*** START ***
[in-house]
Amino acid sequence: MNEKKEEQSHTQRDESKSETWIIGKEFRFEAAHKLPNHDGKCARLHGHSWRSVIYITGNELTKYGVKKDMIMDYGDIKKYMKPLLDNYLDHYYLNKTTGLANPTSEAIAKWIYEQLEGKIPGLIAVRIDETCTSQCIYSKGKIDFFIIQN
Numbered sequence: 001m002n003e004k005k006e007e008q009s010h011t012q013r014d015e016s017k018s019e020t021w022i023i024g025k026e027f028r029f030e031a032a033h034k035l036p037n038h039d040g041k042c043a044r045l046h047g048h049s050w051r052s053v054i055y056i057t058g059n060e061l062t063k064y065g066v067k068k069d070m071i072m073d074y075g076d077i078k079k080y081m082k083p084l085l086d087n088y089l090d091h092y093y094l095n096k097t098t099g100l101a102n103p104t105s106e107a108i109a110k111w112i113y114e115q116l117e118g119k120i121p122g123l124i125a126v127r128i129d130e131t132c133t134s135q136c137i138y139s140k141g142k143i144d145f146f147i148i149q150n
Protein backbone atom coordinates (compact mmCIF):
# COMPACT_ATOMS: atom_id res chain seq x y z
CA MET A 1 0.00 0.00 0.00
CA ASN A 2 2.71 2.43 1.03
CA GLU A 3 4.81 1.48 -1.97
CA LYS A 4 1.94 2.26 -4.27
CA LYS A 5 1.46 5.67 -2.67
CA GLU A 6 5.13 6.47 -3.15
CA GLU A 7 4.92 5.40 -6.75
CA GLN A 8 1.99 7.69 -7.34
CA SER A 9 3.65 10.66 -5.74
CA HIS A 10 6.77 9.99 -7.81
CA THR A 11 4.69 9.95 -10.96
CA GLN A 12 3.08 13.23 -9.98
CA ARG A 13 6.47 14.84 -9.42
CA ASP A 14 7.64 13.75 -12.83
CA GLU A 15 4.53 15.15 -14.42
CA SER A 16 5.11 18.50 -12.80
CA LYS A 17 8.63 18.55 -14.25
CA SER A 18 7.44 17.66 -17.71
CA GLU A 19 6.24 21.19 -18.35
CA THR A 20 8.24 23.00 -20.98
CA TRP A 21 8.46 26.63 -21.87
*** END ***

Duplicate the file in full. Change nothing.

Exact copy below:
[in-house]
Amino acid sequence: MNEKKEEQSHTQRDESKSETWIIGKEFRFEAAHKLPNHDGKCARLHGHSWRSVIYITGNELTKYGVKKDMIMDYGDIKKYMKPLLDNYLDHYYLNKTTGLANPTSEAIAKWIYEQLEGKIPGLIAVRIDETCTSQCIYSKGKIDFFIIQN
Numbered sequence: 001m002n003e004k005k006e007e008q009s010h011t012q013r014d015e016s017k018s019e020t021w022i023i024g025k026e027f028r029f030e031a032a033h034k035l036p037n038h039d040g041k042c043a044r045l046h047g048h049s050w051r052s053v054i055y056i057t058g059n060e061l062t063k064y065g066v067k068k069d070m071i072m073d074y075g076d077i078k079k080y081m082k083p084l085l086d087n088y089l090d091h092y093y094l095n096k097t098t099g100l101a102n103p104t105s106e107a108i109a110k111w112i113y114e115q116l117e118g119k120i121p122g123l124i125a126v127r128i129d130e131t132c133t134s135q136c137i138y139s140k141g142k143i144d145f146f147i148i149q150n
Protein backbone atom coordinates (compact mmCIF):
# COMPACT_ATOMS: atom_id res chain seq x y z
CA MET A 1 0.00 0.00 0.00
CA ASN A 2 2.71 2.43 1.03
CA GLU A 3 4.81 1.48 -1.97
CA LYS A 4 1.94 2.26 -4.27
CA LYS A 5 1.46 5.67 -2.67
CA GLU A 6 5.13 6.47 -3.15
CA GLU A 7 4.92 5.40 -6.75
CA GLN A 8 1.99 7.69 -7.34
CA SER A 9 3.65 10.66 -5.74
CA HIS A 10 6.77 9.99 -7.81
CA THR A 11 4.69 9.95 -10.96
CA GLN A 12 3.08 13.23 -9.98
CA ARG A 13 6.47 14.84 -9.42
CA ASP A 14 7.64 13.75 -12.83
CA GLU A 15 4.53 15.15 -14.42
CA SER A 16 5.11 18.50 -12.80
CA LYS A 17 8.63 18.55 -14.25
CA SER A 18 7.44 17.66 -17.71
CA GLU A 19 6.24 21.19 -18.35
CA THR A 20 8.24 23.00 -20.98
CA TRP A 21 8.46 26.63 -21.87